Three Key Pitch Questions That Will Bring You Closer To the Client Win

Posted by Joy Levin - May 30, 2012 - Consulting Help - No Comments

Many times consultants and agencies make it to the final round of prospects a company is considering for marketing or advertising, but can’t move beyond that stage to the “win”. One way to increase your chances for success in these situations is to consider a prospective client as a potential employee.  By thinking of the presentation as a job interview, you’ll naturally ask some key questions which not only give you great information, but can demonstrate your insights and show that you’re a step ahead of your competition:

Where do you see your business in the next year?  In the next five years?

What you gain: In asking this question, you demonstrate that you’re thinking of the client’s overall business goals, and that you have a long-term view and interest in where they’re going.  It can also give you clues on key skills they’ll need as they attempt to meet these goals, what you can draw upon to guide them there, and what pieces you may need to outsource.

Give me an example of a challenging situation in your business you’ve recently encountered and how you handled it.

Why this helps: You acknowledge that everyone has challenges to overcome, and the answers you get can give you great awareness into some of the internal goings-on that may be help you achieve, or detract from, success.  If you’ve come across similar situations (which you probably have), comparing how you’ve handled it to the way your prospective client did can not only boost your insight into their organization, but also gives you an opportunity to relate to the problem and provide your own success story.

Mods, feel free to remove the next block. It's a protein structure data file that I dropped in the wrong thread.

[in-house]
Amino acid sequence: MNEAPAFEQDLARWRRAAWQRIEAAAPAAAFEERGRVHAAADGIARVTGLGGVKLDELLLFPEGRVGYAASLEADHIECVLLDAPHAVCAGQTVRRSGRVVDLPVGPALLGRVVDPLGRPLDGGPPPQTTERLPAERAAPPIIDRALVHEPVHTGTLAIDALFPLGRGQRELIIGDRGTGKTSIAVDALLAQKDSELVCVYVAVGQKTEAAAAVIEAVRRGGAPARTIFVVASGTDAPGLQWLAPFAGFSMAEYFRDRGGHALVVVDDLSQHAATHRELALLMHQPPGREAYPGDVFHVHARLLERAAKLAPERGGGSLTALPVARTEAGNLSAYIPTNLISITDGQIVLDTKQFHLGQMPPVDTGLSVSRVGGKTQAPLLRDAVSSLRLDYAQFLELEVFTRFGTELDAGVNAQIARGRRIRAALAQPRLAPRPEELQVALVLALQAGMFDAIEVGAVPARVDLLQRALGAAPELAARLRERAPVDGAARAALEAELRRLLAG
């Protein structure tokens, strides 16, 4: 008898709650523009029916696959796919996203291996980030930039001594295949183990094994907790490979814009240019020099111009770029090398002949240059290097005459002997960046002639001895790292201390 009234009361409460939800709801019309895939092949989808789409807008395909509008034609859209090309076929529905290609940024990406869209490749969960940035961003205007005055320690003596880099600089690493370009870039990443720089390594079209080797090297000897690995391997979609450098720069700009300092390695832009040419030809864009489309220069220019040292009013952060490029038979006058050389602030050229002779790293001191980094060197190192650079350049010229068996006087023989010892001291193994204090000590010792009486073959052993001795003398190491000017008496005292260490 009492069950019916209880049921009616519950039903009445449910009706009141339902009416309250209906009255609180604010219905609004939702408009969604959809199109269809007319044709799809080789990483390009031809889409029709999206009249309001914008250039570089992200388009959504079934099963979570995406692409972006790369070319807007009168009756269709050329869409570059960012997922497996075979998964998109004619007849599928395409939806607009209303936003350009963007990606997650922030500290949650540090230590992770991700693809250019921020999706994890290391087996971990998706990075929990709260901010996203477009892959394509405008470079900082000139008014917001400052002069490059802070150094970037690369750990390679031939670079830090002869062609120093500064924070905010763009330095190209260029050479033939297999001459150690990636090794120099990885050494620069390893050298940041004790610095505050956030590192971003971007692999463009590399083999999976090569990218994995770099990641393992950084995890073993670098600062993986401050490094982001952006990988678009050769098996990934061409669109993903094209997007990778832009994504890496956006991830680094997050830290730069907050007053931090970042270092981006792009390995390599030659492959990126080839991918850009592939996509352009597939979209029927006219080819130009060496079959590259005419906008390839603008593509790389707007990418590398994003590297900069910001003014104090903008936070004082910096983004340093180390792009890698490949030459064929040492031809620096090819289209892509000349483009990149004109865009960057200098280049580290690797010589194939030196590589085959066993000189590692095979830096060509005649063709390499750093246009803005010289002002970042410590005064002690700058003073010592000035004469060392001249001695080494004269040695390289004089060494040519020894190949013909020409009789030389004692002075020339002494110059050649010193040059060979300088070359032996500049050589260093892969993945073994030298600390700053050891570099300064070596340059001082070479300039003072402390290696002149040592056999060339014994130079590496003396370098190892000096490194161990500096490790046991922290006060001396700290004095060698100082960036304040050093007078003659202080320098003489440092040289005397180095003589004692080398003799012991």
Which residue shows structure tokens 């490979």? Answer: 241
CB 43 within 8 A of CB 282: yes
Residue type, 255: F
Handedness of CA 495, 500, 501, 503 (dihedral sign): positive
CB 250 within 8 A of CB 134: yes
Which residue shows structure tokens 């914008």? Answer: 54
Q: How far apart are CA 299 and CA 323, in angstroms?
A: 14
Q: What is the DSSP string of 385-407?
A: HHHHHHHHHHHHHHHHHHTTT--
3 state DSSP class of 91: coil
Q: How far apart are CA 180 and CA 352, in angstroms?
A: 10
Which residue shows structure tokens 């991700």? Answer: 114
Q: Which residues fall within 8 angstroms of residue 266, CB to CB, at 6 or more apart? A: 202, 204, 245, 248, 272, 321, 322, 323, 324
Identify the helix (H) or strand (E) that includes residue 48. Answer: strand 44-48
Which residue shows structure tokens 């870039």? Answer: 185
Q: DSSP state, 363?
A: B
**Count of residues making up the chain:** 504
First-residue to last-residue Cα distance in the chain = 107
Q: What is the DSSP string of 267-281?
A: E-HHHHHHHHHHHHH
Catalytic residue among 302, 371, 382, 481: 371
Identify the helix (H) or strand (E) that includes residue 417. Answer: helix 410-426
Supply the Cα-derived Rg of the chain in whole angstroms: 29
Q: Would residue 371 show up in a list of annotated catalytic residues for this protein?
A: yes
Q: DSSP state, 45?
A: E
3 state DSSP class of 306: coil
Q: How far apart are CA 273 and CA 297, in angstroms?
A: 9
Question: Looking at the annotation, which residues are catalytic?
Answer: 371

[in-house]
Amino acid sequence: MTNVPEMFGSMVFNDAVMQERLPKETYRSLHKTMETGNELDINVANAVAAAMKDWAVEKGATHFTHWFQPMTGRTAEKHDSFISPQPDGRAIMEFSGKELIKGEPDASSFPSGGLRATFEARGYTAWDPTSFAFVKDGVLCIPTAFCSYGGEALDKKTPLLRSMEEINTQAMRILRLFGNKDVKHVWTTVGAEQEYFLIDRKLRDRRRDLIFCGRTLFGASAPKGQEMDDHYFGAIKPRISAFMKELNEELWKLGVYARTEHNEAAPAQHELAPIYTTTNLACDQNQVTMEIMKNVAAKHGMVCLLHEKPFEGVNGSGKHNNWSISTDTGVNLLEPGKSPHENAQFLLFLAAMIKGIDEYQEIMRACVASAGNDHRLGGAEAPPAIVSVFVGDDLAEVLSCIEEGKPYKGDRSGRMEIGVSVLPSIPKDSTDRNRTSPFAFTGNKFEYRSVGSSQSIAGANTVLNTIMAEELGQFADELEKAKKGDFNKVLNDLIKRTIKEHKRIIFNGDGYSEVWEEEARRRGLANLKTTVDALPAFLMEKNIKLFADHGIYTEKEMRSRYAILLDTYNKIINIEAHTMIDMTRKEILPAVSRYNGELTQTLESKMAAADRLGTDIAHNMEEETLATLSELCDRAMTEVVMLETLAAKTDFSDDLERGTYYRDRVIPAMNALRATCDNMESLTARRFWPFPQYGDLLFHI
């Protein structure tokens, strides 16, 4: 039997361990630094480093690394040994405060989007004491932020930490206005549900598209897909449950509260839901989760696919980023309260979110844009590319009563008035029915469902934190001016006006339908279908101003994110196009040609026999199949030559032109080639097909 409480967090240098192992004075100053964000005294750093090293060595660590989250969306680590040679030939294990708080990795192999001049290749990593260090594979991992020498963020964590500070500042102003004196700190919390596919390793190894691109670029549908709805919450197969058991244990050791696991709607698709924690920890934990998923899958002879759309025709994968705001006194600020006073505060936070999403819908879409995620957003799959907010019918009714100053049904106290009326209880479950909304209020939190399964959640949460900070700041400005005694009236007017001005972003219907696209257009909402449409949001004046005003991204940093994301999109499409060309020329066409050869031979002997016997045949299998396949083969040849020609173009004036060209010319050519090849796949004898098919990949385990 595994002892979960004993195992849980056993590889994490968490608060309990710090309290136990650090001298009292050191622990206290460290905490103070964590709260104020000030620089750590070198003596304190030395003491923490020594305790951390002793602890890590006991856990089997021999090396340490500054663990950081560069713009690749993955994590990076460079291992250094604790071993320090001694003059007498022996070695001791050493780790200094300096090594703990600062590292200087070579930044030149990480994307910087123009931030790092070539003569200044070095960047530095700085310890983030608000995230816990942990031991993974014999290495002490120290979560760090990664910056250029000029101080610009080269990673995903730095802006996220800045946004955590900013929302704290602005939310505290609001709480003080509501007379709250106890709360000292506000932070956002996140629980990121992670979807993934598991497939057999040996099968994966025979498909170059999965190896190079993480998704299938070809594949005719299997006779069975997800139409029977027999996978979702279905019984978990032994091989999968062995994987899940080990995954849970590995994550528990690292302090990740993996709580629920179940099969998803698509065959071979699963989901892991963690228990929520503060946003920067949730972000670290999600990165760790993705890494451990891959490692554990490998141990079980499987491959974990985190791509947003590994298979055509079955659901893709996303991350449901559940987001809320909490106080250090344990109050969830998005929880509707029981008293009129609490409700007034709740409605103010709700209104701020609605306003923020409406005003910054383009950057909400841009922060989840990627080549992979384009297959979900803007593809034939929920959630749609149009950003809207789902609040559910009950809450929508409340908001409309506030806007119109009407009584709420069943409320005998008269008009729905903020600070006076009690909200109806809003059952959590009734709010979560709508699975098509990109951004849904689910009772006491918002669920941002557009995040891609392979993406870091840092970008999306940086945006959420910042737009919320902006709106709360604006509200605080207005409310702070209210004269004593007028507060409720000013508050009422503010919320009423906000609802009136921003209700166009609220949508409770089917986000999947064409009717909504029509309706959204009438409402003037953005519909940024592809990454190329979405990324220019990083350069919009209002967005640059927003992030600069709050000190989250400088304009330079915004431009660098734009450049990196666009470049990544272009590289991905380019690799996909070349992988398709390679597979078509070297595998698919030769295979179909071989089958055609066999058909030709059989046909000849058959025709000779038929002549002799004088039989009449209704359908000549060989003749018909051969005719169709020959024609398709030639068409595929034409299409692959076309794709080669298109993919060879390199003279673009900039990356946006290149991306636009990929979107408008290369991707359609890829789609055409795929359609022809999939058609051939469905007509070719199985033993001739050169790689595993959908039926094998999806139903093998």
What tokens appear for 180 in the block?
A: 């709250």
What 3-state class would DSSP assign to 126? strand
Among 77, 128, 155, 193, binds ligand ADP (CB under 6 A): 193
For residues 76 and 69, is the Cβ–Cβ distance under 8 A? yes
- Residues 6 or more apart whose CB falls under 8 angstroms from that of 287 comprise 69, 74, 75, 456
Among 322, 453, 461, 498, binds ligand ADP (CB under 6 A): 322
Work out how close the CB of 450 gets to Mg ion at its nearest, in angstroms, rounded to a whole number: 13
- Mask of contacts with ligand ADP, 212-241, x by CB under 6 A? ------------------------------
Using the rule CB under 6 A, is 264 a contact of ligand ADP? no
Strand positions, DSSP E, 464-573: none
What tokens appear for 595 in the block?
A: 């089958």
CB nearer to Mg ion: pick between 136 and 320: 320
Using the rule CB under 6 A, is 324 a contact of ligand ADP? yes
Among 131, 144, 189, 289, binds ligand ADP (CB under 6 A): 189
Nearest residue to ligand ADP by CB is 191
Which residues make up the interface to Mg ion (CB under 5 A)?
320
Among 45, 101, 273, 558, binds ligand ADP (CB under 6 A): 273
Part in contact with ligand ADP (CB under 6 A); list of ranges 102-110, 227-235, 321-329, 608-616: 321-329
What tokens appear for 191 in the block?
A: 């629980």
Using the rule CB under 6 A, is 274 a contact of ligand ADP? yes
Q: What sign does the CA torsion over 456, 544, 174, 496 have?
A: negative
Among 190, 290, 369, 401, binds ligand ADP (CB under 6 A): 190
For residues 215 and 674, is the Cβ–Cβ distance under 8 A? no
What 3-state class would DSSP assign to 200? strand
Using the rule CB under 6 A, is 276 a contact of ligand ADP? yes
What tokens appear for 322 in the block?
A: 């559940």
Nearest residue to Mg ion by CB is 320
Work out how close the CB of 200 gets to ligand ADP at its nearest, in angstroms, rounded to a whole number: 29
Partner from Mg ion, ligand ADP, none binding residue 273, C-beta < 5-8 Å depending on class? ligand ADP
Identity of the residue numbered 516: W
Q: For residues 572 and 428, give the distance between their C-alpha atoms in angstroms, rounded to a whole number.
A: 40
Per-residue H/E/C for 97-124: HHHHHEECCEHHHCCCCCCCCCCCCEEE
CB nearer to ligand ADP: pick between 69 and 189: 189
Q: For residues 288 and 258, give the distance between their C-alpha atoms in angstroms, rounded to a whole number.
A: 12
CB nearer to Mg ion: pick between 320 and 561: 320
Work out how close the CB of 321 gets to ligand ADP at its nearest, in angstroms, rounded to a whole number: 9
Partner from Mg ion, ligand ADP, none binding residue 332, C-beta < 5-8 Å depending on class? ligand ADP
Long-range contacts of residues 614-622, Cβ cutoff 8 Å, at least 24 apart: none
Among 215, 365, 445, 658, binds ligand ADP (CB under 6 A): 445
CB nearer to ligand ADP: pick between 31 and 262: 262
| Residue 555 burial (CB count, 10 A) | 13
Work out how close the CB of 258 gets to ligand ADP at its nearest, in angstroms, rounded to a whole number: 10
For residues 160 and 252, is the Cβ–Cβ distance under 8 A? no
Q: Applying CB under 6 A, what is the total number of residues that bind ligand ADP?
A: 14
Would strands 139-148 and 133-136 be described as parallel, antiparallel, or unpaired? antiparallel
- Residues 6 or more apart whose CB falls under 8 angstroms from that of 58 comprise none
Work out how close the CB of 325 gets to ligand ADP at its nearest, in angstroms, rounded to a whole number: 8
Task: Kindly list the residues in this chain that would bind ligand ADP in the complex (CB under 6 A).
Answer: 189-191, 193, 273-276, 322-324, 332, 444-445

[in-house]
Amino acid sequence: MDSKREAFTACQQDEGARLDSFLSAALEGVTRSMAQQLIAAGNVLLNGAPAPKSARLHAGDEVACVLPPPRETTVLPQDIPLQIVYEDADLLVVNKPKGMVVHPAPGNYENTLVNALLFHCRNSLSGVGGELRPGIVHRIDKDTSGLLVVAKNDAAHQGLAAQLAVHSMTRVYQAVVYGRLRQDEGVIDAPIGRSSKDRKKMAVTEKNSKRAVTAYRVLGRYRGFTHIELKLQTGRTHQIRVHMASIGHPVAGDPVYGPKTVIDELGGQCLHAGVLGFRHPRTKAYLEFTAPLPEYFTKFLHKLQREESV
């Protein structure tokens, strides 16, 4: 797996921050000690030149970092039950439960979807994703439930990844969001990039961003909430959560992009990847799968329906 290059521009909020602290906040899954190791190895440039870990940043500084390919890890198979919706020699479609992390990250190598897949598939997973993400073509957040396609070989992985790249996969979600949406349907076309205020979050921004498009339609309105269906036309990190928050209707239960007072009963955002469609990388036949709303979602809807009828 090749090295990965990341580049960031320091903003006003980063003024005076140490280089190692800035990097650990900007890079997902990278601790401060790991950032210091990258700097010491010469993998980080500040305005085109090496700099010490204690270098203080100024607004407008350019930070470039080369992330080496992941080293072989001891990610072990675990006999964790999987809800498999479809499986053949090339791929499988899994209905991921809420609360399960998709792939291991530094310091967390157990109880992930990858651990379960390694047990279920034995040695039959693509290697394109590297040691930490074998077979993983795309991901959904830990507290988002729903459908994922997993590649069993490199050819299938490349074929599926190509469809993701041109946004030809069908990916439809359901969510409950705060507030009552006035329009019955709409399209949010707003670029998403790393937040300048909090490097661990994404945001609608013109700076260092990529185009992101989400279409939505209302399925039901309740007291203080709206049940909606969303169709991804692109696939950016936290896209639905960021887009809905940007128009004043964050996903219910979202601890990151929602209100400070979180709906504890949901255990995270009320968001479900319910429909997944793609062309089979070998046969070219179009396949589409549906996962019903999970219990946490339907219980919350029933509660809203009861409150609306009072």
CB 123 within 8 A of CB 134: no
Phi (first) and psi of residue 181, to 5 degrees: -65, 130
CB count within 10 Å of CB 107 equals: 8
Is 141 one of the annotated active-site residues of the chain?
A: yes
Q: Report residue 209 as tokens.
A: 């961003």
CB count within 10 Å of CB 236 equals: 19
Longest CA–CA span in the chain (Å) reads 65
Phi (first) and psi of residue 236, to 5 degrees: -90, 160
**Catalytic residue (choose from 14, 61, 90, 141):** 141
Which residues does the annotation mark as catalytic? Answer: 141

How would employees and competitors describe you?

How this gives you an edge: Knowing how the potential client is perceived can shape the way you deliver your final pitch. Do they believe they’re perceived as a workhorse?  If so, what can you say that will provide assurance that you will always have their business covered?  Do they think their competitors view them as non-threatening?  How do you help them fly under the radar, while also helping them increase market share?

By thinking through these questions before the presentation, and being able to address client answers, can bring you closer to a successful pitch and getting the win.

Have you had a chance to try out this strategy?  Let us know how it’s worked for you!

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